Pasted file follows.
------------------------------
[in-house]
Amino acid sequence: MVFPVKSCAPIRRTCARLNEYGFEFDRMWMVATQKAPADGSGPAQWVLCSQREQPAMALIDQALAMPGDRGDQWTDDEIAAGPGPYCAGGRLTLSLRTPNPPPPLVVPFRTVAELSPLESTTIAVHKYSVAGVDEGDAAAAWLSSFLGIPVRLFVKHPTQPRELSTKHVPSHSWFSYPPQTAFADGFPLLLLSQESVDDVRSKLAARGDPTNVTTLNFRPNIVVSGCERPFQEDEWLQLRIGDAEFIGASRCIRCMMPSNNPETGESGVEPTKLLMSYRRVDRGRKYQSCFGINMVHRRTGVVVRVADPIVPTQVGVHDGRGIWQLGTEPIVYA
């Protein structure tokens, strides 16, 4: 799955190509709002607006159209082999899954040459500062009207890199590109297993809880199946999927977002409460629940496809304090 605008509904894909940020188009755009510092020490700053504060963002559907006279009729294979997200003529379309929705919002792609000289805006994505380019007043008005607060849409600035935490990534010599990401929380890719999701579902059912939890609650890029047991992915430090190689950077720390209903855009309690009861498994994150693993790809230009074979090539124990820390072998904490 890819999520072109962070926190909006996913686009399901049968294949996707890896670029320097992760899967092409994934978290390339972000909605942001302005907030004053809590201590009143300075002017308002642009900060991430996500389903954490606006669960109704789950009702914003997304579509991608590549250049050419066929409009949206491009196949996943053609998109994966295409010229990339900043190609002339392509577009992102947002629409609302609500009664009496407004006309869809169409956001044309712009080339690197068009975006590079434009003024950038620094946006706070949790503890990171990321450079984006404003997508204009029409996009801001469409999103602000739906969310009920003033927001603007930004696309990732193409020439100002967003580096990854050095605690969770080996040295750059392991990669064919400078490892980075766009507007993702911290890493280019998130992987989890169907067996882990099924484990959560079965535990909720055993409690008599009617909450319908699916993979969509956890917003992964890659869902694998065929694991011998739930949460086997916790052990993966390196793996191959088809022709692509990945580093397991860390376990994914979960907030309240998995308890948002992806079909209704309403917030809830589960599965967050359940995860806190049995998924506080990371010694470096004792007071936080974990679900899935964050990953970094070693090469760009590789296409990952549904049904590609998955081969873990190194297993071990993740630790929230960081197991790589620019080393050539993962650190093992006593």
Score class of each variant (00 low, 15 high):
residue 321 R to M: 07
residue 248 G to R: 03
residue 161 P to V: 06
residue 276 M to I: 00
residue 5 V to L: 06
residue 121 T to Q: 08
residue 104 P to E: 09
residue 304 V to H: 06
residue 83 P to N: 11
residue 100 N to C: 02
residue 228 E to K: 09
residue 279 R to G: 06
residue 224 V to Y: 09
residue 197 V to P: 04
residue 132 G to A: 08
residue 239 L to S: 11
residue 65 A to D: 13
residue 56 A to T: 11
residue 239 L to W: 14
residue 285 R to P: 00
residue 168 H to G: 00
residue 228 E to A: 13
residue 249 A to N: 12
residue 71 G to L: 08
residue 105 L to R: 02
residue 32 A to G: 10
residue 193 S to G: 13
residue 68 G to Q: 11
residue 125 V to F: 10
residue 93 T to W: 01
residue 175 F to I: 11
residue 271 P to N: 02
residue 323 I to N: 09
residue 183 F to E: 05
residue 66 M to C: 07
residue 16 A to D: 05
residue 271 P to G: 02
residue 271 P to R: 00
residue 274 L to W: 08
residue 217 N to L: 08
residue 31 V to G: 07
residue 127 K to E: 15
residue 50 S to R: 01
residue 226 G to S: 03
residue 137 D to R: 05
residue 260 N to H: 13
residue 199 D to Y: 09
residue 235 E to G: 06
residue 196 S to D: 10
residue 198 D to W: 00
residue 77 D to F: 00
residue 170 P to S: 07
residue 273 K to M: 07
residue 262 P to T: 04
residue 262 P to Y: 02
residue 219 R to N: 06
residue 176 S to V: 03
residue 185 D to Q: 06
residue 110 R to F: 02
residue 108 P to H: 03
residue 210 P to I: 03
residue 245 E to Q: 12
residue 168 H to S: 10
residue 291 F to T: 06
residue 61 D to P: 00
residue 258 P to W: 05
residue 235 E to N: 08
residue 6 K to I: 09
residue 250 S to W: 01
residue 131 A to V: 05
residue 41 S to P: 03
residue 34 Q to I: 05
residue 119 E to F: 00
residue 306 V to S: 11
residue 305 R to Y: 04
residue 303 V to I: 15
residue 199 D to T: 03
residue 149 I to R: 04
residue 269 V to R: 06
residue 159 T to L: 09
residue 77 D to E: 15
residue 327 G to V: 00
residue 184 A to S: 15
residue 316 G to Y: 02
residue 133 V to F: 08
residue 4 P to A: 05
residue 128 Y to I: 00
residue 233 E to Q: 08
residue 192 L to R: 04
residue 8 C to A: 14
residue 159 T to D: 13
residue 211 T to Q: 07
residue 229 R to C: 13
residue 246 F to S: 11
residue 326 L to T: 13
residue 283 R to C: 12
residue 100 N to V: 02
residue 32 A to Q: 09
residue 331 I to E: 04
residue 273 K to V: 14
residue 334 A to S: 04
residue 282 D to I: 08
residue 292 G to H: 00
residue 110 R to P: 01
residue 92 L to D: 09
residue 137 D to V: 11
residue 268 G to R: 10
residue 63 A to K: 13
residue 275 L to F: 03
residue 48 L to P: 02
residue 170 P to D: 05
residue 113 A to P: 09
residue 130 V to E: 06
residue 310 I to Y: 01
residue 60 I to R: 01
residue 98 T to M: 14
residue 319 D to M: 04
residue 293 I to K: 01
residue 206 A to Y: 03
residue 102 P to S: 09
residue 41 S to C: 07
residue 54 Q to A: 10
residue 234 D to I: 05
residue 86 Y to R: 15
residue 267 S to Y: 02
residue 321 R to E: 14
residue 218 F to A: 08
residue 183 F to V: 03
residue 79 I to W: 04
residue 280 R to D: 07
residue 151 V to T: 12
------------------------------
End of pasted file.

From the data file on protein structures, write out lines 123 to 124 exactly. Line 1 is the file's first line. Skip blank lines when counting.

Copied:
residue 206 A to Y: 03
residue 102 P to S: 09